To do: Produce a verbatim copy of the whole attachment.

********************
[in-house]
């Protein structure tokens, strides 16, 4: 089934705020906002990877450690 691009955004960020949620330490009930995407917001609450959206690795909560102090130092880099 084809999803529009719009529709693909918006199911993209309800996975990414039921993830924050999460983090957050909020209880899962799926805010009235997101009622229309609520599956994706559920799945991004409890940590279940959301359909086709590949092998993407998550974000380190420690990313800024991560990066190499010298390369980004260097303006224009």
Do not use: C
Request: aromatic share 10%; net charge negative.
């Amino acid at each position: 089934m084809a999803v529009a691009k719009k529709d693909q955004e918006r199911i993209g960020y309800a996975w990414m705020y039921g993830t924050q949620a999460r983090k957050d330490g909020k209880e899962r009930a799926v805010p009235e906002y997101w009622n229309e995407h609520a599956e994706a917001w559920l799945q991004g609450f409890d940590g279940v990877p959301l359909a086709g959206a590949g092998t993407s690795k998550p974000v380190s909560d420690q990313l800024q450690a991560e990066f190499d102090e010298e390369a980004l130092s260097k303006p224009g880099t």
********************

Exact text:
[in-house]
């Protein structure tokens, strides 16, 4: 089934705020906002990877450690 691009955004960020949620330490009930995407917001609450959206690795909560102090130092880099 084809999803529009719009529709693909918006199911993209309800996975990414039921993830924050999460983090957050909020209880899962799926805010009235997101009622229309609520599956994706559920799945991004409890940590279940959301359909086709590949092998993407998550974000380190420690990313800024991560990066190499010298390369980004260097303006224009």
Do not use: C
Request: aromatic share 10%; net charge negative.
């Amino acid at each position: 089934m084809a999803v529009a691009k719009k529709d693909q955004e918006r199911i993209g960020y309800a996975w990414m705020y039921g993830t924050q949620a999460r983090k957050d330490g909020k209880e899962r009930a799926v805010p009235e906002y997101w009622n229309e995407h609520a599956e994706a917001w559920l799945q991004g609450f409890d940590g279940v990877p959301l359909a086709g959206a590949g092998t993407s690795k998550p974000v380190s909560d420690q990313l800024q450690a991560e990066f190499d102090e010298e390369a980004l130092s260097k303006p224009g880099t």